13th European Conference on Turbomachinery Fluid dynamics & Thermodynamics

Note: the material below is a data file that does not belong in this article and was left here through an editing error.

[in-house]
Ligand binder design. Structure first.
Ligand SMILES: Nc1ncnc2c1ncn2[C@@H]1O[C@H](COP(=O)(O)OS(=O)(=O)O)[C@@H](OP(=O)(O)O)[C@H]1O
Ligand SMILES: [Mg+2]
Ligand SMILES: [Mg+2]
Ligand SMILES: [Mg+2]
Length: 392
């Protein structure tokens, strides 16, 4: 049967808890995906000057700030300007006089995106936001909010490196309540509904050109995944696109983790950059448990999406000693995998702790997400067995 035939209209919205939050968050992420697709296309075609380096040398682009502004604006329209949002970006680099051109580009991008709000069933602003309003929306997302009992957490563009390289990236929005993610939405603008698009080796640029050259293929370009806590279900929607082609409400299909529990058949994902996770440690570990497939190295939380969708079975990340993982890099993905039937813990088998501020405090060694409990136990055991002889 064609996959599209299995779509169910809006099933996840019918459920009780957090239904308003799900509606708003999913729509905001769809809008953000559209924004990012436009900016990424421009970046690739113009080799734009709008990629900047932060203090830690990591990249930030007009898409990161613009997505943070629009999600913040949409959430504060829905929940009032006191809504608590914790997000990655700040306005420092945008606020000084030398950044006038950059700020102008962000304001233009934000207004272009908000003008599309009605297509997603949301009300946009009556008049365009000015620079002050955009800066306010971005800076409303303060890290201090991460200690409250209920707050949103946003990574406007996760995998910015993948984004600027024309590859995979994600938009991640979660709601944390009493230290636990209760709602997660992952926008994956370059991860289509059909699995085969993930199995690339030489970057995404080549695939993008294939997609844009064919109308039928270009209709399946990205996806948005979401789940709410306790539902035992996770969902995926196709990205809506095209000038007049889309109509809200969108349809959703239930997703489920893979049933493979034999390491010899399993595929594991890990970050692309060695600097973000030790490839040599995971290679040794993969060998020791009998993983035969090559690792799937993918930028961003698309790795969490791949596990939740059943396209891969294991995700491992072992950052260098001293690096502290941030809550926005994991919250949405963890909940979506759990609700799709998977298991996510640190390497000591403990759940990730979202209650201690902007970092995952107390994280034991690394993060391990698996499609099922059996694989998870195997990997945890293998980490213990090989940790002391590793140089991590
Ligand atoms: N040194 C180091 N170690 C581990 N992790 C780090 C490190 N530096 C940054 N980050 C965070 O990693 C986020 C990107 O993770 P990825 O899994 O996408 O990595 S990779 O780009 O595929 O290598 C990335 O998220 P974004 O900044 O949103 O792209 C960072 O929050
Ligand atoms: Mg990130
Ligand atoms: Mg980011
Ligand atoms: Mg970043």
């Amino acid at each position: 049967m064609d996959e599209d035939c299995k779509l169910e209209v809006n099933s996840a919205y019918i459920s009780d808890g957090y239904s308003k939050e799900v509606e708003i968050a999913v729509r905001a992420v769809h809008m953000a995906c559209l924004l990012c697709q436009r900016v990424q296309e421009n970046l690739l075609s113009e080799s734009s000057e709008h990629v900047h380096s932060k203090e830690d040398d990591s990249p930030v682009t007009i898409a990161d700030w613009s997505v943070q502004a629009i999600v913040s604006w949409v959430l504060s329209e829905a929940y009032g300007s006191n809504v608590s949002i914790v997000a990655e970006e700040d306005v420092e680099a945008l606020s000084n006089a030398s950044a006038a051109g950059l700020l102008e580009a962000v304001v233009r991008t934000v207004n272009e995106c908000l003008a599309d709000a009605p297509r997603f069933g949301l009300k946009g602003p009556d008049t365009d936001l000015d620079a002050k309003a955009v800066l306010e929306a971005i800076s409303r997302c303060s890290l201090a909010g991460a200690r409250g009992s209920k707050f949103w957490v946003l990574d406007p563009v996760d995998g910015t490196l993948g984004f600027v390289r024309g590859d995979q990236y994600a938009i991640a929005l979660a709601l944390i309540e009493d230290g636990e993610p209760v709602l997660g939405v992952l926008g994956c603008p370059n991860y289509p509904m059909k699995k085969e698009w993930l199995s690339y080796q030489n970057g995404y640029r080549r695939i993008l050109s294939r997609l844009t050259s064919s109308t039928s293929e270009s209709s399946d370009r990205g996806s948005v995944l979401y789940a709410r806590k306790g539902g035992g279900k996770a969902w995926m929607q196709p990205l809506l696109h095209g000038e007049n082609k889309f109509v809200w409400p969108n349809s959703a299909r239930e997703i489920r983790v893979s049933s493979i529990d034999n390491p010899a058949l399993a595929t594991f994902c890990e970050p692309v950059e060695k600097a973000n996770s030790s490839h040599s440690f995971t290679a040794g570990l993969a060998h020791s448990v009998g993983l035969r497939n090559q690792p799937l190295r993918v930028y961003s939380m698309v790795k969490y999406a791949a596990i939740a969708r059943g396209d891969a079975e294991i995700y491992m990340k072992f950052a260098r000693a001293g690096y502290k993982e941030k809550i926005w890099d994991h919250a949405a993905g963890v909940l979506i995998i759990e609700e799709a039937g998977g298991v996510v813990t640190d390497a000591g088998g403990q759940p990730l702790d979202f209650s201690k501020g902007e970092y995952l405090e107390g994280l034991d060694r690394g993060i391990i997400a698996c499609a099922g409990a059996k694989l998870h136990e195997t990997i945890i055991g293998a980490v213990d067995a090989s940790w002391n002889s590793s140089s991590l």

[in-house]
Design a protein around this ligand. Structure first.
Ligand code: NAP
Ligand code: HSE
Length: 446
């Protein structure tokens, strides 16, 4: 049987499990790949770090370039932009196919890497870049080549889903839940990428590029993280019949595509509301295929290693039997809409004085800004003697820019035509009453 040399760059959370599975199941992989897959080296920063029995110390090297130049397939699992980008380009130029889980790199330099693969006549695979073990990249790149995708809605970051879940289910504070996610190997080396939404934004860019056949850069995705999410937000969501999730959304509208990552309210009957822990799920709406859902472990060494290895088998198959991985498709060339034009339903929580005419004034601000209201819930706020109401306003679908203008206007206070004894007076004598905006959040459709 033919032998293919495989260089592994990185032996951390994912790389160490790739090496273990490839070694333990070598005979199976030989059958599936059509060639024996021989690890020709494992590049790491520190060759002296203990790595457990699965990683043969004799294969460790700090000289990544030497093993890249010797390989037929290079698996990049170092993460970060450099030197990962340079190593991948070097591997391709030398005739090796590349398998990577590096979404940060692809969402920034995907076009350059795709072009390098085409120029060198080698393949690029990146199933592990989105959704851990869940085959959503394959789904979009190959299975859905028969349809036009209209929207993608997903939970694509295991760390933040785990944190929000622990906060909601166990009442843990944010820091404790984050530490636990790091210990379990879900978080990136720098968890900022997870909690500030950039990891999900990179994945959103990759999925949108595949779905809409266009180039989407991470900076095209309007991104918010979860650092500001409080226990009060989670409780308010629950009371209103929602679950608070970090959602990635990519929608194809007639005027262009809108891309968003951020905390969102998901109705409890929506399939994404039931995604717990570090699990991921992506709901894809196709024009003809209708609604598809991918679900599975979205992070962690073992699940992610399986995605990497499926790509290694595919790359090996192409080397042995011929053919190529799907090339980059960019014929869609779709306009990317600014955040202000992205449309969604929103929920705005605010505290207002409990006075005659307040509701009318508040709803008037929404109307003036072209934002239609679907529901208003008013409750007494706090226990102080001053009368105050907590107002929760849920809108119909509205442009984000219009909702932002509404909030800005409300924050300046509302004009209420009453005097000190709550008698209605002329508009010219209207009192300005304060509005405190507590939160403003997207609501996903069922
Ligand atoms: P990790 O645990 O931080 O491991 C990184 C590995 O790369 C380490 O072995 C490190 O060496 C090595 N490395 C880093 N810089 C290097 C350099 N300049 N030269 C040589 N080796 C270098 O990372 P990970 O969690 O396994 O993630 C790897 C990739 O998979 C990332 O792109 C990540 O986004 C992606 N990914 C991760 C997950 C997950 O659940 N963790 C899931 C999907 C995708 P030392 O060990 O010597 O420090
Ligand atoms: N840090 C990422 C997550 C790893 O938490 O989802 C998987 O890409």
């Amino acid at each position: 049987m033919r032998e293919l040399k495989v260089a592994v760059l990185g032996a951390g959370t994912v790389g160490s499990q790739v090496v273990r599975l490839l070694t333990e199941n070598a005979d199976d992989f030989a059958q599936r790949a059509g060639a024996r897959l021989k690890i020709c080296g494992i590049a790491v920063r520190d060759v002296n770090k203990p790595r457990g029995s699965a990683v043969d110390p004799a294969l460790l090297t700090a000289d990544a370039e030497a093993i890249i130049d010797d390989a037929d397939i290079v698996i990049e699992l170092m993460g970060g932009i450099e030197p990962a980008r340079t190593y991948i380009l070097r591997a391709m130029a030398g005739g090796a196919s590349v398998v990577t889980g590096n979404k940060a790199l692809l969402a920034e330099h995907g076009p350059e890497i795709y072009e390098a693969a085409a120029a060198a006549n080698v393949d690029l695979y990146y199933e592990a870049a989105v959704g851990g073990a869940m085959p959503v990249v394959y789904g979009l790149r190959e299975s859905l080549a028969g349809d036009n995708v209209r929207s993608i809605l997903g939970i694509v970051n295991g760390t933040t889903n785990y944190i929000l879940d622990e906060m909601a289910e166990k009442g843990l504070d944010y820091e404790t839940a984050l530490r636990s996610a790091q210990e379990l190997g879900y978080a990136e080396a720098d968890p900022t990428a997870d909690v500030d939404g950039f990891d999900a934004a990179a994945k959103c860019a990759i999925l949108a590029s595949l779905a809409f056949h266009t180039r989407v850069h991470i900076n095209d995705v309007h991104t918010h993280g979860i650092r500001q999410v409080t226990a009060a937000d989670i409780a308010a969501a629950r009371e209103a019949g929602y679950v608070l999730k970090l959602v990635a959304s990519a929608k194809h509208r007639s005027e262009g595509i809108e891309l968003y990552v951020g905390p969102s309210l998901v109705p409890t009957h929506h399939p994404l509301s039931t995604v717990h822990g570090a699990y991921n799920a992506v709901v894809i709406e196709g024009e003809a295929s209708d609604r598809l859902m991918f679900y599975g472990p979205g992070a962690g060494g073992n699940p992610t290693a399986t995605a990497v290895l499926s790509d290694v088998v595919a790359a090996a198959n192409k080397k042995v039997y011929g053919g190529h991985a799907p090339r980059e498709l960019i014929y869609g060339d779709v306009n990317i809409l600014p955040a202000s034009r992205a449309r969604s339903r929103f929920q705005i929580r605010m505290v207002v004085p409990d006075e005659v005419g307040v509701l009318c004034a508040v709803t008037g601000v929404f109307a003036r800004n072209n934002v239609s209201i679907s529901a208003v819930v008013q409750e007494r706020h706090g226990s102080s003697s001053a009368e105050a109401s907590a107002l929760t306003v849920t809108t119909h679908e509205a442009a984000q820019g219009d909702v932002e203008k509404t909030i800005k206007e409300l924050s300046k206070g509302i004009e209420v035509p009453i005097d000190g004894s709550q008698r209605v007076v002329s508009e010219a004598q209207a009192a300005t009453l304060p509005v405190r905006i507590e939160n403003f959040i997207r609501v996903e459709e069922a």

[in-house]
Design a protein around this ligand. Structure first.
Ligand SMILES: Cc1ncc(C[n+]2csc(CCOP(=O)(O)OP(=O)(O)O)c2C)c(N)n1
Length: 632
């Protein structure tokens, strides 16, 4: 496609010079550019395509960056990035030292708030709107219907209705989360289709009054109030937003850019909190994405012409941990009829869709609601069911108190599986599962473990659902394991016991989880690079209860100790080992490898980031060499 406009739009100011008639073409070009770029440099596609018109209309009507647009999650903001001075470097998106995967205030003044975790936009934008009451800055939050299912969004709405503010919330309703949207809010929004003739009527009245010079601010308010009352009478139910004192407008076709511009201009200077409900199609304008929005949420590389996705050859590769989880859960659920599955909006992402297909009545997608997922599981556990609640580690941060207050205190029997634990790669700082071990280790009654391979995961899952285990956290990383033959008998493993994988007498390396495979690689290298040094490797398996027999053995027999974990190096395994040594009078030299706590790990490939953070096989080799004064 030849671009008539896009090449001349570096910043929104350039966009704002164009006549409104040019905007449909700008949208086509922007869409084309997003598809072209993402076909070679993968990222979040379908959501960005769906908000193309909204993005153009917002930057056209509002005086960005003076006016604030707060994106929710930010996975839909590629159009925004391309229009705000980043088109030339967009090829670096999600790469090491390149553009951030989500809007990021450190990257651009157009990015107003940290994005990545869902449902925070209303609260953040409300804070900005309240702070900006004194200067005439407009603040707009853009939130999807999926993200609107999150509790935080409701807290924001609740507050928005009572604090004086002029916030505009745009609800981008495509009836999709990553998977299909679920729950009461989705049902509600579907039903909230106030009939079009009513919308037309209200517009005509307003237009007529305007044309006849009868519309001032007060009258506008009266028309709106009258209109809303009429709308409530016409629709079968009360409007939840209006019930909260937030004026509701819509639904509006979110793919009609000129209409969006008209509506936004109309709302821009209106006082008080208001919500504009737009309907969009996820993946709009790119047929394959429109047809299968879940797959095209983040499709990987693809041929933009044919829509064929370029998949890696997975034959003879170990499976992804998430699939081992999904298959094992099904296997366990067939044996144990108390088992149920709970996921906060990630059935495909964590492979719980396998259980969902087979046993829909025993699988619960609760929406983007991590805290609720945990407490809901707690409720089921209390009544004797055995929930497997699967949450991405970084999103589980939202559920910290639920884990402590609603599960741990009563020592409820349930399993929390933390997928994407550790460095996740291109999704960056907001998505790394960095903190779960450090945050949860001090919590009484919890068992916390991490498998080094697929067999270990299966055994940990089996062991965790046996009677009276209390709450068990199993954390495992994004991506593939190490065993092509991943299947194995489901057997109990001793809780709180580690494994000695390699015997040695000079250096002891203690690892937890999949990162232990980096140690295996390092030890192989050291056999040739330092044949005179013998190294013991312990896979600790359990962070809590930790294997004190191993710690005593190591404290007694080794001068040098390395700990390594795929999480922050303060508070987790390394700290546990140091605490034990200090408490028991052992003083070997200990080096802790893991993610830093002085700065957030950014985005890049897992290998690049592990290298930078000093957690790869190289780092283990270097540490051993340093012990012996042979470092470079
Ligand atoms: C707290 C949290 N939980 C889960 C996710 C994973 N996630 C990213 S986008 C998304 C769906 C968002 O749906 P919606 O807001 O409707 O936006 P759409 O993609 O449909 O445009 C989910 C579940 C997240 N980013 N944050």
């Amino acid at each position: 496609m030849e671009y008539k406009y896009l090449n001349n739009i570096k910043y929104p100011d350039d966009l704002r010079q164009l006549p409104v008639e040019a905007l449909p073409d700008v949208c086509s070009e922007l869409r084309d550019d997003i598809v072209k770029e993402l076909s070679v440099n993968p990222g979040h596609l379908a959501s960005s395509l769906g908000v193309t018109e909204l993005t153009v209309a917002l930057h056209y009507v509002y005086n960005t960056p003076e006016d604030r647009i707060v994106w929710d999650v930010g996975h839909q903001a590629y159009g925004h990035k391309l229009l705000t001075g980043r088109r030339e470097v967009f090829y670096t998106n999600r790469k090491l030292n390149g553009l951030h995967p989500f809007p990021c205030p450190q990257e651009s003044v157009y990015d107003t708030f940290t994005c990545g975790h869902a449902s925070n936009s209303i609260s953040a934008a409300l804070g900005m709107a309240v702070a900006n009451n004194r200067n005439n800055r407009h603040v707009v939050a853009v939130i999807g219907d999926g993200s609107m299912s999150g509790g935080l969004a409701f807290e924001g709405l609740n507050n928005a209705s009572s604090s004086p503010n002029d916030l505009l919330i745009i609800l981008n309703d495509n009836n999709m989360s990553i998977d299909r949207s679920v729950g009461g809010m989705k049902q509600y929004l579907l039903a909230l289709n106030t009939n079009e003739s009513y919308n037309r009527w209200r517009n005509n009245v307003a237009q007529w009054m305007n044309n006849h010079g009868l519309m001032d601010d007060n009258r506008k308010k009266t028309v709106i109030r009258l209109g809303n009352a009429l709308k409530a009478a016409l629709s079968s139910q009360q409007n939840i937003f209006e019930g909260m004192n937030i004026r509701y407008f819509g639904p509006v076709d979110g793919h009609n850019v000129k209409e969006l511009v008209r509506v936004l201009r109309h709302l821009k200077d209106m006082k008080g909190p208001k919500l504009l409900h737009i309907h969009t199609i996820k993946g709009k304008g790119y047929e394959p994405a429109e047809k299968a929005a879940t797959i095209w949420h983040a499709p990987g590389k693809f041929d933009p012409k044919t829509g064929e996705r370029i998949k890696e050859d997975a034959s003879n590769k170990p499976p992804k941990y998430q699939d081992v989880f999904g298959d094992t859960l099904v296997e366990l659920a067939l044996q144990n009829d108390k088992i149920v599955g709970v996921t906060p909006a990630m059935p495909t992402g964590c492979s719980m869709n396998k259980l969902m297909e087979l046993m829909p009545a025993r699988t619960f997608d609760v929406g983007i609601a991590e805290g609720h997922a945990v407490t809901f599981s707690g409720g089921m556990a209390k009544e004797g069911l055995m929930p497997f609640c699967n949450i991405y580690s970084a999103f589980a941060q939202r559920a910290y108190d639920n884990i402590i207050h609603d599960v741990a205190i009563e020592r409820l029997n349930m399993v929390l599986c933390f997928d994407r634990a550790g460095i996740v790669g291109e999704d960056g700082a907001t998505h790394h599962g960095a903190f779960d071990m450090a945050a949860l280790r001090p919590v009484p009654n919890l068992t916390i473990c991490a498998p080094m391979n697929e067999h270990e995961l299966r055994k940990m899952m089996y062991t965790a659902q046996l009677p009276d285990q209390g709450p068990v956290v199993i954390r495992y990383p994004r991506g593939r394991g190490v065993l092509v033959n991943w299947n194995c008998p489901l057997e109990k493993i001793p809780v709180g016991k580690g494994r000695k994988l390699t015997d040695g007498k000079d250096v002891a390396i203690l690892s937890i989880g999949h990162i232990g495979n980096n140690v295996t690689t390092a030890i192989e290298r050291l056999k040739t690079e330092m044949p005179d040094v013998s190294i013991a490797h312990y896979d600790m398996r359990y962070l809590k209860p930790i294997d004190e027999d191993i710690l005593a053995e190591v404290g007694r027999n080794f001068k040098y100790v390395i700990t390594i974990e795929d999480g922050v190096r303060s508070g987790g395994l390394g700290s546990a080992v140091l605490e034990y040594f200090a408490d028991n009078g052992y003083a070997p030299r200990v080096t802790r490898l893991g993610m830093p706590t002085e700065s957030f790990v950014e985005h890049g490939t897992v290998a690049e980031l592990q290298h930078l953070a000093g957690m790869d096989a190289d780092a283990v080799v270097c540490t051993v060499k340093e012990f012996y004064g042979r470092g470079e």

New propulsive concepts such as Boundary Layer Ingestion involve stronger interactions between the engine and its environment, and thus more complex flows compared to classical architectures. Usual turbomachinery design tools are inadequate, and new numerical methodologies are needed to accurately predict the engine performance with affordable CPU resources. The present paper examines the relevance of a reduced-order modeling approach, the body force modeling (BFM) method, for a low-speed cooling fan with inflow distortion. The formulation itself accounts for the blade metal blockage, compressible effects and it relies on a physics-based loss model, independent of CFD calibration. The BFM results obtained in the present work are assessed against full-annulus URANS results and experiments. The comparison shows that the BFM approach successfully quantifies the fan stage performance. Furthermore, the distortion transfer across the stage is examined and the flow patterns observed are found to be the same as in the URANS results and in the measurements. Hence, this methodology, coming at a low CPU cost, is well-adapted to the early design phase of an innovative propulsion system.